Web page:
Where these were used for pumping mine shafts and only had to act against a load in one direction, single-acting designs remained in use for many years. The main impetus towards double-acting cylinders came when James Watt was trying to develop a rotative beam engine, that could be used to drive machinery via an output shaft. With a single-cylinder engine, a double-acting cylinder gave a smoother power output. The high-pressure engine, as developed by Richard Trevithick, used double-acting pistons and became the model for most steam engines afterwards.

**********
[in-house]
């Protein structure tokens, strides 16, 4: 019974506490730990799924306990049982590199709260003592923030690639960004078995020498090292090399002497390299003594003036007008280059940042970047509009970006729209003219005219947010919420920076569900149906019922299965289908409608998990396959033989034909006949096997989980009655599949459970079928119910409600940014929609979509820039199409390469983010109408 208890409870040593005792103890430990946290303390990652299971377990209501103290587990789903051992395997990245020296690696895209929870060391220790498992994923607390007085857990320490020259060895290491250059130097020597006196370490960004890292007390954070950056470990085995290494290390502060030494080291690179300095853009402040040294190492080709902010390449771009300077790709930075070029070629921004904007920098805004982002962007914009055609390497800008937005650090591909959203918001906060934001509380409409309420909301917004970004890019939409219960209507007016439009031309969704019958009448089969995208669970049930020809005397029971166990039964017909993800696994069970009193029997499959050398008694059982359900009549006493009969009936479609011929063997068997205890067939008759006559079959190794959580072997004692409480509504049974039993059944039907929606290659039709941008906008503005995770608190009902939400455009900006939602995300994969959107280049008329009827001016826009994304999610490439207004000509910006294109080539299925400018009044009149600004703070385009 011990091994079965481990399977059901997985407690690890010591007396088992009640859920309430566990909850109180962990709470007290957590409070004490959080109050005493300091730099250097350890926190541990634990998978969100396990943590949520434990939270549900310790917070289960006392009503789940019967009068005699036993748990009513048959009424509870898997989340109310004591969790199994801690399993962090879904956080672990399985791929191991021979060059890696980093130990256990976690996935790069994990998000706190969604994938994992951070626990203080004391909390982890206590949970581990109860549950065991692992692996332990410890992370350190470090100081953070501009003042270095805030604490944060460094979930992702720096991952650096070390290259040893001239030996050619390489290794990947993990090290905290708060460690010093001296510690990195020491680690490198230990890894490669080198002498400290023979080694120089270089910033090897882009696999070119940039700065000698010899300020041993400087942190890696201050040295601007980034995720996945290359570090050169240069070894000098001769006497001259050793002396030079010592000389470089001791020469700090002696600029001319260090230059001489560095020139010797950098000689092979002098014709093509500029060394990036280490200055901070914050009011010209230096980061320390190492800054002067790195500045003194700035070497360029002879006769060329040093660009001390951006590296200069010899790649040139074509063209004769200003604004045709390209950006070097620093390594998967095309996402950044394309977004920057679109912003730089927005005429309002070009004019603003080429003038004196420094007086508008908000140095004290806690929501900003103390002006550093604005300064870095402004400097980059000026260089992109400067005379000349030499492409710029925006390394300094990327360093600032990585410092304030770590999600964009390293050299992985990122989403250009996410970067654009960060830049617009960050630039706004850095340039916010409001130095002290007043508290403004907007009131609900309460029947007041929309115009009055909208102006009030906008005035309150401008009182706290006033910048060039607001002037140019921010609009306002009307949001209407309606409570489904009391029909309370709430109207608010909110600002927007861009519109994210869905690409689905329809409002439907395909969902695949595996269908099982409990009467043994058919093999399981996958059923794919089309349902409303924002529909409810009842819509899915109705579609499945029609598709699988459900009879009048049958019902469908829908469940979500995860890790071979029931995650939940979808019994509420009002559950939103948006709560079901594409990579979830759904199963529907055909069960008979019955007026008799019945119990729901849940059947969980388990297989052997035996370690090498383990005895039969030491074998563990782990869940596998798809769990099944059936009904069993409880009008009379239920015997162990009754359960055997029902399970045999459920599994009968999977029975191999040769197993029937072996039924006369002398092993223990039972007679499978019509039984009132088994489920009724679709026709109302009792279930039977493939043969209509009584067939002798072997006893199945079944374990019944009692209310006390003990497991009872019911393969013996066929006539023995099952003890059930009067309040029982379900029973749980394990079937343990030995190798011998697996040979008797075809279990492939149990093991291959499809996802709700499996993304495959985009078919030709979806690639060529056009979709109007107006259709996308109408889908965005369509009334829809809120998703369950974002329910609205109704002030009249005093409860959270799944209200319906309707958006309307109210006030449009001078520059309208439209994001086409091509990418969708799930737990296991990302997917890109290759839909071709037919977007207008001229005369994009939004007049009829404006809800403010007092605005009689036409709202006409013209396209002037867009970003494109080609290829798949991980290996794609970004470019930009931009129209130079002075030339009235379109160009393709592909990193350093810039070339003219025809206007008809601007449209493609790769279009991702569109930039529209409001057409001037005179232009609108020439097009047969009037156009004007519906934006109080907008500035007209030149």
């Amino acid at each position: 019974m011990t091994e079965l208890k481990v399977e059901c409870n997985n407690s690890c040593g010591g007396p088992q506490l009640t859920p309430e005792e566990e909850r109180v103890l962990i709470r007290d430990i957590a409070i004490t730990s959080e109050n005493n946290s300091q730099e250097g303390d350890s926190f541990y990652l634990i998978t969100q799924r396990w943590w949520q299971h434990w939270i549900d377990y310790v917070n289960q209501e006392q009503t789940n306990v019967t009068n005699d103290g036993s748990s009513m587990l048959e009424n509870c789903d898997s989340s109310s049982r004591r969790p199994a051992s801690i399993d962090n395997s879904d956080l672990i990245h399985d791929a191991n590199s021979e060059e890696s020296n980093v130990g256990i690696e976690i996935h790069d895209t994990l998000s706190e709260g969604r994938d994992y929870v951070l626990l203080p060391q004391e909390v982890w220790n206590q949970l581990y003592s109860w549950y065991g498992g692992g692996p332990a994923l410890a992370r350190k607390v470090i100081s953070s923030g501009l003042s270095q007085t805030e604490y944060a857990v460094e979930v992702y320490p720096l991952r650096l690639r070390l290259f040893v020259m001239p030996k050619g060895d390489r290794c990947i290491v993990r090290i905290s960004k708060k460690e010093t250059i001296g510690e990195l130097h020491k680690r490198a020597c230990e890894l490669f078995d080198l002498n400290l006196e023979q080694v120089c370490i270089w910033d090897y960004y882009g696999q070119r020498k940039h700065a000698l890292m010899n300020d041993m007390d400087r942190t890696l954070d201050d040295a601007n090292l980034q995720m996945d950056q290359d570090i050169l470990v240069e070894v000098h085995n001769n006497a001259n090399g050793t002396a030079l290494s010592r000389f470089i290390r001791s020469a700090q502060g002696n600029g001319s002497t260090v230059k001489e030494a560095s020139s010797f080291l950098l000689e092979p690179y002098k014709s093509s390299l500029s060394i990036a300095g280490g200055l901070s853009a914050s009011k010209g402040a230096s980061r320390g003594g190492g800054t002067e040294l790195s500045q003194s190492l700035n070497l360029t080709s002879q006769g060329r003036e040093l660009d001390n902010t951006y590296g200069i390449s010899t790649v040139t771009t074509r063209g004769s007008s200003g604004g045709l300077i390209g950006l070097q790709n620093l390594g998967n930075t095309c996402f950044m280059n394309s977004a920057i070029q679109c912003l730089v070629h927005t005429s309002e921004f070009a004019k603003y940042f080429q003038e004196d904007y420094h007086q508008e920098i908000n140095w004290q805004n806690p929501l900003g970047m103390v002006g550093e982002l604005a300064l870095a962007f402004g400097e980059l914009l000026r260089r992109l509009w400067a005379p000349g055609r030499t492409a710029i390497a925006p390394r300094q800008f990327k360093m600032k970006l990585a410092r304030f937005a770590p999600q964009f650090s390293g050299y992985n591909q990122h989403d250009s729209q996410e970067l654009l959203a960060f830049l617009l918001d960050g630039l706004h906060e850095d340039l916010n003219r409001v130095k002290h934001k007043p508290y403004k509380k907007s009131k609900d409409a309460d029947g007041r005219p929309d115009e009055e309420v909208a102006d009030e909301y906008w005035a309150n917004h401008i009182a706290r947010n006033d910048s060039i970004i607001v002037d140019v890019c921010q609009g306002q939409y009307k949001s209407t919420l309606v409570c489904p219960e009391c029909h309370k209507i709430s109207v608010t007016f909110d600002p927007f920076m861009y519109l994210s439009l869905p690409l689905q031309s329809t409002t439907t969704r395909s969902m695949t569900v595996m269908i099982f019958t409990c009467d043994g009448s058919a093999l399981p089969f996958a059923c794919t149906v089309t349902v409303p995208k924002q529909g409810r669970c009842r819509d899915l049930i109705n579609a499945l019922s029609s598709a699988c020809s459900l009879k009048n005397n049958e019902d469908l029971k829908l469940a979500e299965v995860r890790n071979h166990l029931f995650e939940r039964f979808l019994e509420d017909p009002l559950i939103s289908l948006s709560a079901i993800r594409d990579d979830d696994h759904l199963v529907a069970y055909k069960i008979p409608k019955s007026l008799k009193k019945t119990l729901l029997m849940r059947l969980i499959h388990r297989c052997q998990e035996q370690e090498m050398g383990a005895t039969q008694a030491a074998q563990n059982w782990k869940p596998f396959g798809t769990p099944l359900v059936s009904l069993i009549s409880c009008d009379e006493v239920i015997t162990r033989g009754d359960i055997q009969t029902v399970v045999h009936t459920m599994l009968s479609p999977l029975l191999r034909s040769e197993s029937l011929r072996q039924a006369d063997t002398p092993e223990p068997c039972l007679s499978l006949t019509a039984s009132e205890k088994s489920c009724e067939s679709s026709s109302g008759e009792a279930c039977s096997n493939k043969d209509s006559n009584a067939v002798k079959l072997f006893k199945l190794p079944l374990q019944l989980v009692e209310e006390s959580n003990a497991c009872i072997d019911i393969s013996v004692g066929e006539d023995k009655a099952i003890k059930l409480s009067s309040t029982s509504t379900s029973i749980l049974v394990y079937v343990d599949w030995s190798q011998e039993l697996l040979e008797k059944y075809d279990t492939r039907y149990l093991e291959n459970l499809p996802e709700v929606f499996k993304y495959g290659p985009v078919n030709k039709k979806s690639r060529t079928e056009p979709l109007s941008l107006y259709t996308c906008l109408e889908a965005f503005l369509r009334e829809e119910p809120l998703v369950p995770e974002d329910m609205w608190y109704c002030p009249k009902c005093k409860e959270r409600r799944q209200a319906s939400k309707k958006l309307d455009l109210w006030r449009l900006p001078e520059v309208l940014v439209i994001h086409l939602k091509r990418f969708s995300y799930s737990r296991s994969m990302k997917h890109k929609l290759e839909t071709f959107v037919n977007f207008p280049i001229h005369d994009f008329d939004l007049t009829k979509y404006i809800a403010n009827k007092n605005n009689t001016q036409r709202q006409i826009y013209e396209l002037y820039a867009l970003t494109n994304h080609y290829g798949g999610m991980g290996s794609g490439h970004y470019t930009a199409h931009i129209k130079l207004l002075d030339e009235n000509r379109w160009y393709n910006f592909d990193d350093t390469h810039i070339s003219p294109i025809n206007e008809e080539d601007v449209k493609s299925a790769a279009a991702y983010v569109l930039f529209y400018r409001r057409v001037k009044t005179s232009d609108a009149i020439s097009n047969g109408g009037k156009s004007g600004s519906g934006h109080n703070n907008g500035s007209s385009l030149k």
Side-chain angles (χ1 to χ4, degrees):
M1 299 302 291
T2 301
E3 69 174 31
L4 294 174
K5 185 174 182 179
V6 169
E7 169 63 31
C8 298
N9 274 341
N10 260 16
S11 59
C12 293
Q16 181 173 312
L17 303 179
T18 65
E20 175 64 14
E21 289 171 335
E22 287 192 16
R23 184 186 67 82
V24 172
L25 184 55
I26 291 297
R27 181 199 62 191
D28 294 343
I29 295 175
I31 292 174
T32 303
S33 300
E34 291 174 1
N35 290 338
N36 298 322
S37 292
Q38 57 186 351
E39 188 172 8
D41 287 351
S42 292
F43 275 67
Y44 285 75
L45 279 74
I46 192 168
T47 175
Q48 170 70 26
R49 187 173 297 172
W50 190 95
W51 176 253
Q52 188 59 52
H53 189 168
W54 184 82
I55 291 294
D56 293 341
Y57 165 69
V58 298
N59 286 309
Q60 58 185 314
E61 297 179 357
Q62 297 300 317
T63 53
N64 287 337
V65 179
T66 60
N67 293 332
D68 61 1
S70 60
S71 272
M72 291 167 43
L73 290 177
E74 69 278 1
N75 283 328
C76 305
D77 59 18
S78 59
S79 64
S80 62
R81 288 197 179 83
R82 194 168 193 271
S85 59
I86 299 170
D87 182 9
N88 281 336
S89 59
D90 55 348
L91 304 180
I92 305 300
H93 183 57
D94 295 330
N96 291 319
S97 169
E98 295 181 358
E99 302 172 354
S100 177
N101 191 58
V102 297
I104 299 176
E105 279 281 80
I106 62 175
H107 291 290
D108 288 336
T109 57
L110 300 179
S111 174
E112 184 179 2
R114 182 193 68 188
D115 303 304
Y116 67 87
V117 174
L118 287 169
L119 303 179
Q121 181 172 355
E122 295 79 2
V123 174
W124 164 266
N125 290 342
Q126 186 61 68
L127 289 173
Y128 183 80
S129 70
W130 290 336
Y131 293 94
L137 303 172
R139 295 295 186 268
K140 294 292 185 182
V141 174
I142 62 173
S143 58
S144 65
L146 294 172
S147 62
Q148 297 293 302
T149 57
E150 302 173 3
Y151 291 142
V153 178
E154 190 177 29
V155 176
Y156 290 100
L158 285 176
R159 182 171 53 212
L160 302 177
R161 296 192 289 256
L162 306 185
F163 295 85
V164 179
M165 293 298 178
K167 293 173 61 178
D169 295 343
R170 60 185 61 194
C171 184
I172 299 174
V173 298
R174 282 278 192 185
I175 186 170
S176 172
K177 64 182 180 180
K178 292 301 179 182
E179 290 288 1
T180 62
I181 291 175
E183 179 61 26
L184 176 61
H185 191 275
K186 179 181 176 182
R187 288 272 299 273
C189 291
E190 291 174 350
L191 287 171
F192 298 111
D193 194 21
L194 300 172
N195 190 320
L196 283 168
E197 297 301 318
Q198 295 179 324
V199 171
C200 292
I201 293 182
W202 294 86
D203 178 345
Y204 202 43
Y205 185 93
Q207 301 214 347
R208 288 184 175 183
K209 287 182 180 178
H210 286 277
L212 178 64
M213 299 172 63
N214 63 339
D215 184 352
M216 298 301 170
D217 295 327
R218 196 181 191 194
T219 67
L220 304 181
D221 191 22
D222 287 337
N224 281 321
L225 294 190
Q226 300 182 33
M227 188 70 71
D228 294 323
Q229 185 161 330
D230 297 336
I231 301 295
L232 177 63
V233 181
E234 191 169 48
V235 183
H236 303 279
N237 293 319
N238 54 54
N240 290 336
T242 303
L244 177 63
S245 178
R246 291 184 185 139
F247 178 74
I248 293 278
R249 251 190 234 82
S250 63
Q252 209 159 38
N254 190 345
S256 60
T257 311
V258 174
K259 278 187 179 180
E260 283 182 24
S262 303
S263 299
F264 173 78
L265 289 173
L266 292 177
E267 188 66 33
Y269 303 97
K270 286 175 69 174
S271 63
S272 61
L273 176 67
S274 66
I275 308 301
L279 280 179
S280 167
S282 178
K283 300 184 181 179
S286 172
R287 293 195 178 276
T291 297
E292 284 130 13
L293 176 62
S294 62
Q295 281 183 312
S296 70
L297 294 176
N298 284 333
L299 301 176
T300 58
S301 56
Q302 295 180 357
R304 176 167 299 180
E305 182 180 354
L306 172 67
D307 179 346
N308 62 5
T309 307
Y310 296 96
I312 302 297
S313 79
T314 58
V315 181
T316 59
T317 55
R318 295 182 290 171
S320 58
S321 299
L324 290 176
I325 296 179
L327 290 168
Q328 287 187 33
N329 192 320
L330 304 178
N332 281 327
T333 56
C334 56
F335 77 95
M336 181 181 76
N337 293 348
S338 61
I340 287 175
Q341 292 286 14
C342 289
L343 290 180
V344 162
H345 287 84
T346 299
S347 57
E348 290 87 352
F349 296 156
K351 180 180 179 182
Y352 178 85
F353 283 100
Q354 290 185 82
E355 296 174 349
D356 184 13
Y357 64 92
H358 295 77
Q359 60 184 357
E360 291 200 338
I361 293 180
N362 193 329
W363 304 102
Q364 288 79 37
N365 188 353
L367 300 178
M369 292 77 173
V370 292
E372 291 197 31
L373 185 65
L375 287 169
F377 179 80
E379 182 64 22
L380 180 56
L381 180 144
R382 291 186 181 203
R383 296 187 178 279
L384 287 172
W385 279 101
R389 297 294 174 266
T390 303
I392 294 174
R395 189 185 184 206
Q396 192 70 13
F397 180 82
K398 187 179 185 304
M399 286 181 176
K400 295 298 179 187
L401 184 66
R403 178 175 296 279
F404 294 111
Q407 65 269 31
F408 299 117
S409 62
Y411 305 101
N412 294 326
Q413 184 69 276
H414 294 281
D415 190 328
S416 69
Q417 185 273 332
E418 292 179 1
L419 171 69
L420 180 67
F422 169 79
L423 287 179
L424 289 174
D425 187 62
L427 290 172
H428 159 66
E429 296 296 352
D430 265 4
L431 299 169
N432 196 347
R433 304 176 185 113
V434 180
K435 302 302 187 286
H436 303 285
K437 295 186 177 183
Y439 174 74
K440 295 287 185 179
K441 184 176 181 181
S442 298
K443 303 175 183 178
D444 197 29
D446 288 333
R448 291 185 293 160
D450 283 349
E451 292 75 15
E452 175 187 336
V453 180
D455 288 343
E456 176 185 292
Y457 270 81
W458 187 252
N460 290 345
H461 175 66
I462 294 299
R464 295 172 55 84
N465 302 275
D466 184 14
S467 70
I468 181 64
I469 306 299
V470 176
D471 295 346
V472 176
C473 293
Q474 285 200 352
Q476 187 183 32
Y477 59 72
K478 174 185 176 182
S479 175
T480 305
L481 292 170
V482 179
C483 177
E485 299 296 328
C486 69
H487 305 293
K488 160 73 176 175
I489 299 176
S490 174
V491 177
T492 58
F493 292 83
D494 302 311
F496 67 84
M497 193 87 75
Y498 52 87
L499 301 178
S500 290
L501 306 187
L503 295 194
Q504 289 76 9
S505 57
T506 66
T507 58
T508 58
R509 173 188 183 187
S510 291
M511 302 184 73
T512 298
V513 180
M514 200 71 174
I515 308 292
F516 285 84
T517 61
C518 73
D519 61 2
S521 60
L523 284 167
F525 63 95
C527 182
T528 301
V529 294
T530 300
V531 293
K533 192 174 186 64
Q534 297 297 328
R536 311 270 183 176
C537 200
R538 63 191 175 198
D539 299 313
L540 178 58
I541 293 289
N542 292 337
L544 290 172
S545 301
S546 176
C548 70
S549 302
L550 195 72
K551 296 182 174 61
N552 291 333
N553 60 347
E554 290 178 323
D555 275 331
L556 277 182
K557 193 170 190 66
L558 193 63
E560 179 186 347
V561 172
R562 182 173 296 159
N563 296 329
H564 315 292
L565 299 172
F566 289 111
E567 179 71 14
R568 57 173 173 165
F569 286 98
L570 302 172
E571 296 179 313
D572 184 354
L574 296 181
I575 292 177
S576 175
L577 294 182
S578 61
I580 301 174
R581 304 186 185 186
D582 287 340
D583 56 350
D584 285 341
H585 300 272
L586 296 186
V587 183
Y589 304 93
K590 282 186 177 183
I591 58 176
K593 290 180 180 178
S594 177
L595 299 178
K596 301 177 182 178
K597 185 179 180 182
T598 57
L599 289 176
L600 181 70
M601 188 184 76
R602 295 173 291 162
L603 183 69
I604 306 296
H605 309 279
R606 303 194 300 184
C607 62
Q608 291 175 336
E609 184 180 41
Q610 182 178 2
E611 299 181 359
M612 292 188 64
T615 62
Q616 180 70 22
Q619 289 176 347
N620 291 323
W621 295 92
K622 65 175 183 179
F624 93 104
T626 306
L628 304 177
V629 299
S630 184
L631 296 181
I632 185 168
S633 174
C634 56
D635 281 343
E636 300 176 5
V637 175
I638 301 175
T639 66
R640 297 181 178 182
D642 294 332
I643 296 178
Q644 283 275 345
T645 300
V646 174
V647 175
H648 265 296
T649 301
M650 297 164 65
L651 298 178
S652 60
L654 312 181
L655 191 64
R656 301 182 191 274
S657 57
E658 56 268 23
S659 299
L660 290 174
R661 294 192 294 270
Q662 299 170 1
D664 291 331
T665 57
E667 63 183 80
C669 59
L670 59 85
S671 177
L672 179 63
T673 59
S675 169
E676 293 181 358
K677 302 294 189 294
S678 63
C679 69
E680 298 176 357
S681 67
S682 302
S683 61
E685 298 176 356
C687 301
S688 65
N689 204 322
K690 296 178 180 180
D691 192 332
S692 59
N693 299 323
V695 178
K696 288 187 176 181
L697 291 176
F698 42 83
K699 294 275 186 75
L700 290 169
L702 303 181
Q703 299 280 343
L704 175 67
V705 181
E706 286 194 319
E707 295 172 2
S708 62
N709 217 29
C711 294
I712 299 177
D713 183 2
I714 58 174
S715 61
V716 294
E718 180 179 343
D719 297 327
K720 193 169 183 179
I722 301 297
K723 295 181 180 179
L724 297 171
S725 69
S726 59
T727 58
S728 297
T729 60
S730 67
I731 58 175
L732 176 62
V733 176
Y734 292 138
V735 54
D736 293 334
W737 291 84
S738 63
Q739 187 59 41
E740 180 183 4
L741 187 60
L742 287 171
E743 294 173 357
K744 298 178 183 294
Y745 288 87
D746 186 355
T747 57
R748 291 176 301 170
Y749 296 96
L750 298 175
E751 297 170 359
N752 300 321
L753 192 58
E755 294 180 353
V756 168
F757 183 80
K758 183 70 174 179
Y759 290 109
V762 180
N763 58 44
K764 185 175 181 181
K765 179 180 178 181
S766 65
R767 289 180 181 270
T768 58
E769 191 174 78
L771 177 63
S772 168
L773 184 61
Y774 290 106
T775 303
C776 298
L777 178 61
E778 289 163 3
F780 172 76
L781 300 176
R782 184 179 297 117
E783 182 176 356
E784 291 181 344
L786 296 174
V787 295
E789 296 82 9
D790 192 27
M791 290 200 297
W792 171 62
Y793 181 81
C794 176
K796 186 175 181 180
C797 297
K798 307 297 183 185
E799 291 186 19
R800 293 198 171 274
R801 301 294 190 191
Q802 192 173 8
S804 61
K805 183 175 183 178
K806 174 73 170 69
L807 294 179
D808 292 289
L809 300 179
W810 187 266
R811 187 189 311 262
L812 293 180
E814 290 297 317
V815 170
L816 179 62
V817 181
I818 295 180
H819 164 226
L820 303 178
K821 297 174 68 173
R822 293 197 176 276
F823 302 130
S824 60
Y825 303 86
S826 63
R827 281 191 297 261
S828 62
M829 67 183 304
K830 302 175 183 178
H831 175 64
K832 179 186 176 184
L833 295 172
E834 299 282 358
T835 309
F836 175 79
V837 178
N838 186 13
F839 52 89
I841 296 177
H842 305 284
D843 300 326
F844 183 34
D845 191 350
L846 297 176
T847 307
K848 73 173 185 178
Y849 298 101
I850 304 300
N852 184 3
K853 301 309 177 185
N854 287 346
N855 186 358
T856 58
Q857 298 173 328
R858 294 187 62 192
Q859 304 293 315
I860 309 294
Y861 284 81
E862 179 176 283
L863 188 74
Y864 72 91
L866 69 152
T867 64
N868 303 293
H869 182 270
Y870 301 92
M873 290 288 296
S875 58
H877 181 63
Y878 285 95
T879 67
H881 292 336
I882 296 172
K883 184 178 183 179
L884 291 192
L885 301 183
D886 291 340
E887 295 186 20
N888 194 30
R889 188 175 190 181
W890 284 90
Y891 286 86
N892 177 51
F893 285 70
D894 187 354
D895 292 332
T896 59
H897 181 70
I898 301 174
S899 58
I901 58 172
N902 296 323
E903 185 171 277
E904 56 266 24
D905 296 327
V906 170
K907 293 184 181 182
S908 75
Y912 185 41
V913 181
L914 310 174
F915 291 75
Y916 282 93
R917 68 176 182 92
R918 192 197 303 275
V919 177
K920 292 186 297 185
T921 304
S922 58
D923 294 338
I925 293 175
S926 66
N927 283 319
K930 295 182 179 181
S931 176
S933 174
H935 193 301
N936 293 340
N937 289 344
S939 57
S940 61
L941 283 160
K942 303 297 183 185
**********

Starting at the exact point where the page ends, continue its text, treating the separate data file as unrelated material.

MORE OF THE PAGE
Some of the later steam engines, the high-speed steam engines, used single-acting pistons of a new design. The crossheadbecame part of the piston,and there was no longer any piston rod. This was for similar reasons to the internal combustion engine, as avoiding the piston rod and its seals allowed a more effective crankcase lubrication system.
Small models and toys often use single-acting cylinders for the above reason but also to reduce manufacturing costs.